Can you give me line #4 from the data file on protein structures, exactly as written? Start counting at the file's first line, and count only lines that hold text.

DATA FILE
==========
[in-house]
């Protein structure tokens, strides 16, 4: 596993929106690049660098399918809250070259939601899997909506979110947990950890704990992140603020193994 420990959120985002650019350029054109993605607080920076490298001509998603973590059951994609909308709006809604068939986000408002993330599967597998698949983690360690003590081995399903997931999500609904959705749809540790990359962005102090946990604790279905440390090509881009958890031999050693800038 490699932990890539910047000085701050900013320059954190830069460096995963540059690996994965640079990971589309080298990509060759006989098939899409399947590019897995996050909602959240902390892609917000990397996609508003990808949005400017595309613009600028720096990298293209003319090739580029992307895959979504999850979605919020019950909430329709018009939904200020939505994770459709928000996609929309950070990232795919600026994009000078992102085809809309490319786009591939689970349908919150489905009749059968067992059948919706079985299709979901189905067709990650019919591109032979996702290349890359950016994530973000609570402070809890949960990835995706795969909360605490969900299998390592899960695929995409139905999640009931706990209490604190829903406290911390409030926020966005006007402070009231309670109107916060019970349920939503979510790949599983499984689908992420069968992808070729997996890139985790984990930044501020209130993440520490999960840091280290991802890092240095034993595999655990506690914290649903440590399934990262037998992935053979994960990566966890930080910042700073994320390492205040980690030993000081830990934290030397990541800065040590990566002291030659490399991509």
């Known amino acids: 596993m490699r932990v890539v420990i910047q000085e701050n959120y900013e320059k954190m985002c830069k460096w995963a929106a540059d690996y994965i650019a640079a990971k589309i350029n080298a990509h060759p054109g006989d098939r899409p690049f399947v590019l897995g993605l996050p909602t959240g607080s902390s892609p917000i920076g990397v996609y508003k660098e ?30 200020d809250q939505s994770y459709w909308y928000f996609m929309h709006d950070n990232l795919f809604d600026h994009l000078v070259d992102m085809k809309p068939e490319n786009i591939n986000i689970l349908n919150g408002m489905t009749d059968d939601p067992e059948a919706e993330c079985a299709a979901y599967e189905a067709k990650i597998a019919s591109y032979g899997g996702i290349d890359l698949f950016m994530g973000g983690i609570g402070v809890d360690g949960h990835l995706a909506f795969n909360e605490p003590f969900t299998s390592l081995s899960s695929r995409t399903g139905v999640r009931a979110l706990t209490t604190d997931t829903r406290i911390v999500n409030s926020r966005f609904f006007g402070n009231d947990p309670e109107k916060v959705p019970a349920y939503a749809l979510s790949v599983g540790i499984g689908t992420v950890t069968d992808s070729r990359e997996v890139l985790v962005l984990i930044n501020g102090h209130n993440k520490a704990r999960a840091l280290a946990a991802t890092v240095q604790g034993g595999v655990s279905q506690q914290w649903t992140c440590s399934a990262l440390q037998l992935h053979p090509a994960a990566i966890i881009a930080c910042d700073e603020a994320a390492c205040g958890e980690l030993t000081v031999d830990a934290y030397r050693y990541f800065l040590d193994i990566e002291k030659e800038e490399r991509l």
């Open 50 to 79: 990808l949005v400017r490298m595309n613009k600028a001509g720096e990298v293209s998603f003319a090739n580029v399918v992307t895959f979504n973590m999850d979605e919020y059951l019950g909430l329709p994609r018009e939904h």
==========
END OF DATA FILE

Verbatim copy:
């Open 50 to 79: 990808l949005v400017r490298m595309n613009k600028a001509g720096e990298v293209s998603f003319a090739n580029v399918v992307t895959f979504n973590m999850d979605e919020y059951l019950g909430l329709p994609r018009e939904h």